Throughout the last week of October visitors to Thackray Medical Museum were able to enjoy a host of special activities and talks as part of their Halloween themed ‘BLOODSUCKERS’ event, a collaboration with the Hematopolitics Project.
One of the highlights of the event was the Blood Tour, where a member of Thackray’s education team took visitors on a tour of the museum, sharing fascinating stories of the cultural impact of blood throughout the ages. The history of the term ‘blue-blooded’ was explained, prompting reflection on the upper-classes use of blood as a way to racially and socially distinguish themselves, and there was a discussion on how blood features prominently in historical Chinese medicine as an indicator of overall health.
Elsewhere in the Museum, there was the opportunity to take part in a blood trail, guiding you through the blood related items in Thackray’s permanent collection by answering questions and following clues. You learnt about the importance of bloodletting throughout history, seeing traditional bleeding bowls, as well as meeting Thackray’s resident live leeches! Moving into the 20th Century, you learnt about the establishment of the modern blood transfusion service during WWII, revolutionising the surgical field, and establishing blood banks as vital public health resources. This was emphasised by a wonderful display of blood donation posters from across the world (pictured).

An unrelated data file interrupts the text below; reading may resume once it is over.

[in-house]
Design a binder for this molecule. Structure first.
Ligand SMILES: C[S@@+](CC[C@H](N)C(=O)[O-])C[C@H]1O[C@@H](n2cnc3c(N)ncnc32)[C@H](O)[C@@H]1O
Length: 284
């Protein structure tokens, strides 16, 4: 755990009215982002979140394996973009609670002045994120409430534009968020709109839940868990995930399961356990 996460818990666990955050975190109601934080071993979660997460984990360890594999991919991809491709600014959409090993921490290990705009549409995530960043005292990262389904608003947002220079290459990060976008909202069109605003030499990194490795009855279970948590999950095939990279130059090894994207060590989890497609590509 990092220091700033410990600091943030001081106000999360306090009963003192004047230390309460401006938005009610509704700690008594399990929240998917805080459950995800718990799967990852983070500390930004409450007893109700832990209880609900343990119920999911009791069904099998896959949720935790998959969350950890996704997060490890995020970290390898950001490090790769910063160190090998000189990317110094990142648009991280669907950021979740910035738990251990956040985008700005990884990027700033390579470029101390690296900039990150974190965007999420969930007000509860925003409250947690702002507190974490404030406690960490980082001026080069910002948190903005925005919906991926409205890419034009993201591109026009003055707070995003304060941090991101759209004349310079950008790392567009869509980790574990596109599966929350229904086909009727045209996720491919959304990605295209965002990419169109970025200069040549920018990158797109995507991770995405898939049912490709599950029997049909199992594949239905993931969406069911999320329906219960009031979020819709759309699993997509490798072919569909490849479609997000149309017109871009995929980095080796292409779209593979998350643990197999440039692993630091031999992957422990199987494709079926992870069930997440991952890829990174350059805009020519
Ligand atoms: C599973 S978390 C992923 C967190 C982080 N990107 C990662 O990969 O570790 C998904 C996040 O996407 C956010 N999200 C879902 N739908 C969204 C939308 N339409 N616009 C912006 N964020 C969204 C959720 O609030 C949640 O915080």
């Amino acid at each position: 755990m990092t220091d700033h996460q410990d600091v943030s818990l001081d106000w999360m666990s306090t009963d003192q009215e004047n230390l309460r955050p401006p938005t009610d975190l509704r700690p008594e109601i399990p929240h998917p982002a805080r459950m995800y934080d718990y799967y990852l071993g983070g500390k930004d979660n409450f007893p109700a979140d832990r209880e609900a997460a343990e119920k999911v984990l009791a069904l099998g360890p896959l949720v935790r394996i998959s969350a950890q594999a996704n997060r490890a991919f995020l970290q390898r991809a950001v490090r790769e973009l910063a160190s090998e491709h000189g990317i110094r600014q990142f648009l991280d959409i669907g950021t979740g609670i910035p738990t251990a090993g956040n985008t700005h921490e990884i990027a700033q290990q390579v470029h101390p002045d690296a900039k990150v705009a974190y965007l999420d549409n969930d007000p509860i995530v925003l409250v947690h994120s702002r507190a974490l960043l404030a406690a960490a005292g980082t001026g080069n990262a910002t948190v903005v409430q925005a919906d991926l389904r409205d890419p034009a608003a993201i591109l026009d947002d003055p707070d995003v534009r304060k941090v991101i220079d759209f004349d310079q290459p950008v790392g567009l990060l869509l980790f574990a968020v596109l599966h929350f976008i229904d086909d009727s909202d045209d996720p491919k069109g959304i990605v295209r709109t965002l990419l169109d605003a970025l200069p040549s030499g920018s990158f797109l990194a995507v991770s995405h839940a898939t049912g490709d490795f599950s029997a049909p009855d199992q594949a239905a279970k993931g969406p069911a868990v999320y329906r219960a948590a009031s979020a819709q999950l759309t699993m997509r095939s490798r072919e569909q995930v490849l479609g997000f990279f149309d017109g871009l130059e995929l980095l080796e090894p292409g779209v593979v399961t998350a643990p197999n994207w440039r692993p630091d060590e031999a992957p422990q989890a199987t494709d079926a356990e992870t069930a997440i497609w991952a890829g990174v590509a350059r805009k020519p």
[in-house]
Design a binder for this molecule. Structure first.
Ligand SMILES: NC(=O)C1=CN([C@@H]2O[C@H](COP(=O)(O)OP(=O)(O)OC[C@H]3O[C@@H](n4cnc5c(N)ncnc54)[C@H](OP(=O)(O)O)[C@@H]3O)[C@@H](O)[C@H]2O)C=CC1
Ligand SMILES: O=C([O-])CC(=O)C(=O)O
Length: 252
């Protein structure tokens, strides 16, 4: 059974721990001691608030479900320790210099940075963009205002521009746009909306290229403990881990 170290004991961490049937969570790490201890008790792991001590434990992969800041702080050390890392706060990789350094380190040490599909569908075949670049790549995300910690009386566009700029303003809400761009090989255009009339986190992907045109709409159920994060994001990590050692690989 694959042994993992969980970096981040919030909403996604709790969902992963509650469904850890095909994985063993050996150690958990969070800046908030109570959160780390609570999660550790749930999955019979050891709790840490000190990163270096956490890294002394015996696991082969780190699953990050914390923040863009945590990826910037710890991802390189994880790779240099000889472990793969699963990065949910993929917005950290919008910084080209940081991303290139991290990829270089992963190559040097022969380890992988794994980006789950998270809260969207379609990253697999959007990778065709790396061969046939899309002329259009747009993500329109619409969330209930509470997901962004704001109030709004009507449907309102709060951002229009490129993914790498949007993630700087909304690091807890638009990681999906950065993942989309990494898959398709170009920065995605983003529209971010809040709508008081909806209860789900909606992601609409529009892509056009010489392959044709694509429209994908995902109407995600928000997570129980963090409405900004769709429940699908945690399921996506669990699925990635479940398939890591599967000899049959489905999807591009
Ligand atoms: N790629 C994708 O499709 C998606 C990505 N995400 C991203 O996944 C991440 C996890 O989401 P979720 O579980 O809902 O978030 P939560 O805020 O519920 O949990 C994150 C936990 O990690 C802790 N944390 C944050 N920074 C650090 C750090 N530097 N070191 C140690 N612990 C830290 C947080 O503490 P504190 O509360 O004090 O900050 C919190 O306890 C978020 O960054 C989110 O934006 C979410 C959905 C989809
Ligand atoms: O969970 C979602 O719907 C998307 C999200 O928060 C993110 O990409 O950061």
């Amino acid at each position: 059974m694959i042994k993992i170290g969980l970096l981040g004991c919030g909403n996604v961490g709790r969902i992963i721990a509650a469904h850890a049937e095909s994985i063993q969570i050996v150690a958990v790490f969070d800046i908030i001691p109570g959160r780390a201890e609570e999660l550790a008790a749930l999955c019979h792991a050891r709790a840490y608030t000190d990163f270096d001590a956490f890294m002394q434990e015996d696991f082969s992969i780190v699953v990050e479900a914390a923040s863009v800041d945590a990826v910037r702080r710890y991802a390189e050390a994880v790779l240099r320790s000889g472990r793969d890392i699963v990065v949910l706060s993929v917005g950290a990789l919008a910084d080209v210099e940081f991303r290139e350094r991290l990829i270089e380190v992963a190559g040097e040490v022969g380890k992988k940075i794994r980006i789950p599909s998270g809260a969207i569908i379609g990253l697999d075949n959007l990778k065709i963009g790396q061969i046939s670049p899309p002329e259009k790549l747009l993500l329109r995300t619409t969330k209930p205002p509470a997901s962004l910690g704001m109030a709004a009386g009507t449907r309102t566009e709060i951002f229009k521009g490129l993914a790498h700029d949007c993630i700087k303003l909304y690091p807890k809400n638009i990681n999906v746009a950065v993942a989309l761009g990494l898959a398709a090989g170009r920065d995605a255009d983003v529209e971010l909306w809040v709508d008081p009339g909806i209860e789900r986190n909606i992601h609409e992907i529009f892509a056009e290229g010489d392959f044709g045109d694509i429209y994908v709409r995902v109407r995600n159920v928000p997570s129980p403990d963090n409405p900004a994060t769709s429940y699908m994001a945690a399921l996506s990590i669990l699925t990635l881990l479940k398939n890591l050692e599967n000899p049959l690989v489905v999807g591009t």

Taking place during the autumn half term, many of the activities were kid-friendly, including making ‘blood bracelets’, Origami characters, and the ‘Beat the Bloodsucker’ game (pictured), where families had to decide whether facts about blood were true or false to avoid getting bitten by the Bloodsucker!
Whilst a family friendly event, it also prompted serious reflection on how medical and cultural meanings of blood have always been interwoven throughout history. An example of this being the letting and drinking of blood, historically believed to offer a range of medical benefits, but also a key feature of pre-battle rituals, with royalty and prominent public figures often taking part, giving blood a much wider political meaning.
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